• 8
    @Sneftel Becaus the argument that "You could lose a lot more money than you think," is a lot more persuasive than the argument that "You can't make as much as you think." ;-)
    – jpaugh
    Commented Feb 12 at 18:09
  • 16
    @Sneftel Because the potential for a large loss is what changes this from "harmless entertainment" to "very bad, do not do", which is exactly the question the OP is asking. (Harmless entertainment equivalent to buying a lottery ticket or going to the casino. You're not going to make money, but as long as you're staying within your means that's your choice.) Commented Feb 12 at 20:25

Stop Loss is Not Magic

If your broker could force someone to buy your rapidly declining shares at a particular price, they would not be a broker, they would be the richest person on the planet. In a market, the best your broker can do is sell your shares at whatever the best offer exists on the market. That is, some idiot has to want to buy your rapidly declining shares! And they don't have to accept whatever number you put in your stop-loss order. They can easily offer less, or much less. And if no other buyer is out-bidding them, then the price can fall right past your stop-loss threshold by huge amounts.

When a price is going down, it might be routine variation. But it also might be panic selling. And if it's a panic, there is no reason for buyers to line up like sheep and ask for prices in a smoothly continuous line down to the next point of support, for arbitrary numbers of shares. If you believe this, then switch to Dungeons & Dragons, because you obviously prefer fantasy.

If you look at any stock price history with any kind of volatility, you will notice something funny: they do not look like sine waves. Nor do they look like triangle waves. Quite often, they look like sawtooth waves. That's because very few stocks can generate so much mania that the price is driven up in a short time. The typical progression is for the price to creep up over many weeks and months. But when the price moves down, it can do so precipitously. It can make gut-wrenching downward swings in one day, often times in less than an hour. And when this happens, you can bet your bottom euro that the price will not look like a smooth, continuous function over those drops.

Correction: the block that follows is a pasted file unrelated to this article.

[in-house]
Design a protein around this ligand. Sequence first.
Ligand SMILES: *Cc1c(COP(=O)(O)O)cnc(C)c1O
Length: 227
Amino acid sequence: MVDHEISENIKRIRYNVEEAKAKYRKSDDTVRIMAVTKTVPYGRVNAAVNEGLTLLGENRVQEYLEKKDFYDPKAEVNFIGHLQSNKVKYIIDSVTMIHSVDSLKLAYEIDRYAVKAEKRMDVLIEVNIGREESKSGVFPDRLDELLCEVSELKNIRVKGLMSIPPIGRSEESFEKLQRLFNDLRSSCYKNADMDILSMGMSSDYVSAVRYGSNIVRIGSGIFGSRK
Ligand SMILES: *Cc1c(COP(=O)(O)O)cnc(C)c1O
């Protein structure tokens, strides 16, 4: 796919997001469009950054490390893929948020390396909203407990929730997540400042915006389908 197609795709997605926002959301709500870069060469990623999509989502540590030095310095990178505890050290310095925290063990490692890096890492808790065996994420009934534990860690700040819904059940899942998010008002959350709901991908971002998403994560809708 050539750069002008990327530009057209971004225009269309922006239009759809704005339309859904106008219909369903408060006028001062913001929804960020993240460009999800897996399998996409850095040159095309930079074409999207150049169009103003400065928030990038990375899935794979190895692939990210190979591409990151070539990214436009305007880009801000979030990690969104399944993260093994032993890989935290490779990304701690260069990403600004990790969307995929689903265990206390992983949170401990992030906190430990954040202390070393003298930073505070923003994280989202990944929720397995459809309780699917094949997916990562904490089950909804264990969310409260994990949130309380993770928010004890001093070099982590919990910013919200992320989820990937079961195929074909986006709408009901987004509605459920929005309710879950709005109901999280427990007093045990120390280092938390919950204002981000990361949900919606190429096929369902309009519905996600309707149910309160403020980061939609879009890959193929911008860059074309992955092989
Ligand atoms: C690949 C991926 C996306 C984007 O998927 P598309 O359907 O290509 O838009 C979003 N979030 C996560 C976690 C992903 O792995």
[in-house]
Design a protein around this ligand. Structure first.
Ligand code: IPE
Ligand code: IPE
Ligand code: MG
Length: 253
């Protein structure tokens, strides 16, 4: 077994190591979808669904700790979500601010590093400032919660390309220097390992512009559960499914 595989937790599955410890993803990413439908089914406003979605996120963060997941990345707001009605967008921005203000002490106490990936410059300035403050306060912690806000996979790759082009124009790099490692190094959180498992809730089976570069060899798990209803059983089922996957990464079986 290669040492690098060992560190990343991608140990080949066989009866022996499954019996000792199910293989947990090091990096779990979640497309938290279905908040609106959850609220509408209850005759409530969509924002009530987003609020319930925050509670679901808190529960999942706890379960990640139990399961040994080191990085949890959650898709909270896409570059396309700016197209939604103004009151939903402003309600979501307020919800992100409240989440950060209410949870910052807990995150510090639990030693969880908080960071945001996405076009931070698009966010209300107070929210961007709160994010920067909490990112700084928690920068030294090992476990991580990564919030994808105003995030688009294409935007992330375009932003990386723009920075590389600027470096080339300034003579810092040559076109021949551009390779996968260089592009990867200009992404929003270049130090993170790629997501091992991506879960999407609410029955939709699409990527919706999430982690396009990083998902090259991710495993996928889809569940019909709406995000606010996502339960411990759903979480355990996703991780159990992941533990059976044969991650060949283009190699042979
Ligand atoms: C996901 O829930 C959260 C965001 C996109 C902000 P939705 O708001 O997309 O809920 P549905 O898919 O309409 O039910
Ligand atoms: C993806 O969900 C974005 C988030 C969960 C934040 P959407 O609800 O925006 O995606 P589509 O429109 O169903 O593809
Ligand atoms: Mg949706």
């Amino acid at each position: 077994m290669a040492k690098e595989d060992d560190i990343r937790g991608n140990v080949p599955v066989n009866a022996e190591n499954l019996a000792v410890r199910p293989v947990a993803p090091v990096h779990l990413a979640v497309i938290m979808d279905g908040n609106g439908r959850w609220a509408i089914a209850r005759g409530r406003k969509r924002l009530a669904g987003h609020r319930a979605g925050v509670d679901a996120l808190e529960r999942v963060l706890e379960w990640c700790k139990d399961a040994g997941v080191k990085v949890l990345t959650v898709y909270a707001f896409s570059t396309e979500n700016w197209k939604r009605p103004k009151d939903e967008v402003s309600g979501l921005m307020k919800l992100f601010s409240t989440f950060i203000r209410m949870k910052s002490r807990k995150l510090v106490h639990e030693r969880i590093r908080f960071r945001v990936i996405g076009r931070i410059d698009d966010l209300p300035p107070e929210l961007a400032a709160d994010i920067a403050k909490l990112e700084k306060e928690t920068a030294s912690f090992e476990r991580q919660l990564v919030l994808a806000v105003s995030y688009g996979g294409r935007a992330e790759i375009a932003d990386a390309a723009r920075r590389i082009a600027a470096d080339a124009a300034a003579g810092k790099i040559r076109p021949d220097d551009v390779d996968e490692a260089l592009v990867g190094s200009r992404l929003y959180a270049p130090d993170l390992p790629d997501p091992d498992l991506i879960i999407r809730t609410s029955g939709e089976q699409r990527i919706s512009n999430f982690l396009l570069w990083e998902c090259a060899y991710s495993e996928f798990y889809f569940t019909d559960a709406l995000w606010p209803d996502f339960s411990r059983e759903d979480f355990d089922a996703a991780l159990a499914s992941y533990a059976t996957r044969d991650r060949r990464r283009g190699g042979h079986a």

So when you request a stop-loss at 9.999 EUR, your trade might execute at 9.999 EUR. Or maybe 9.9 EUR. Or maybe 5 EUR. These are all possible, depending on the volume of shares and volatility. If your broker offers you a 10,000x leveraged trade with a 10 EUR investment, they are asking you to pay out 99,990 EUR if the security drops to 0. Make sure you can afford to lose that before you get your feet wet.

  • 2
    There's a Role-playing Games stack for that, too =)
    – nitsua60
    Commented Feb 13 at 0:51
  • 6
    Come now, isn't that comparison to D&D a bit unfair? Sure, the game is fantasy, but it doesn't mean the characters in it (or people playing it) have to act like idiots.
    – ilkkachu
    Commented Feb 14 at 9:48

In the NYSE, the smallest unit of share price is one eighth of a cent, so I would assume that for European exchanges, it's either the same, or 0.01 EUR, or 0.001 EUR. So a price of 9.999 EUR would either be impossible, or literally the smallest possible change. As other answers have said, a stop loss isn't guaranteed to get you a buyer in general, and a stop loss that's literally the smallest possible price change is even less guaranteed. You'd have to have not only someone wanting to buy at that price to trigger the stop loss in the first place, but also enough additional people to leave you enough shares to buy.

To guarantee that you could sell at the price, you'd have to buy a put option. And the premium for a put option at the money (or at 99.99% of the money) is going to be roughly equal to (to an order of magnitude, at least) the expected volatility of the stock, which is going to be a lot more than one basis point. So I don't think there's any way to get 10k leverage on a 10 EUR stock. Maybe if you go for Berkshire Hathaway (currently $597k/share) you could get 10k leverage, but I doubt it, and I think you'd have to spend a lot more than 10 EUR to get it.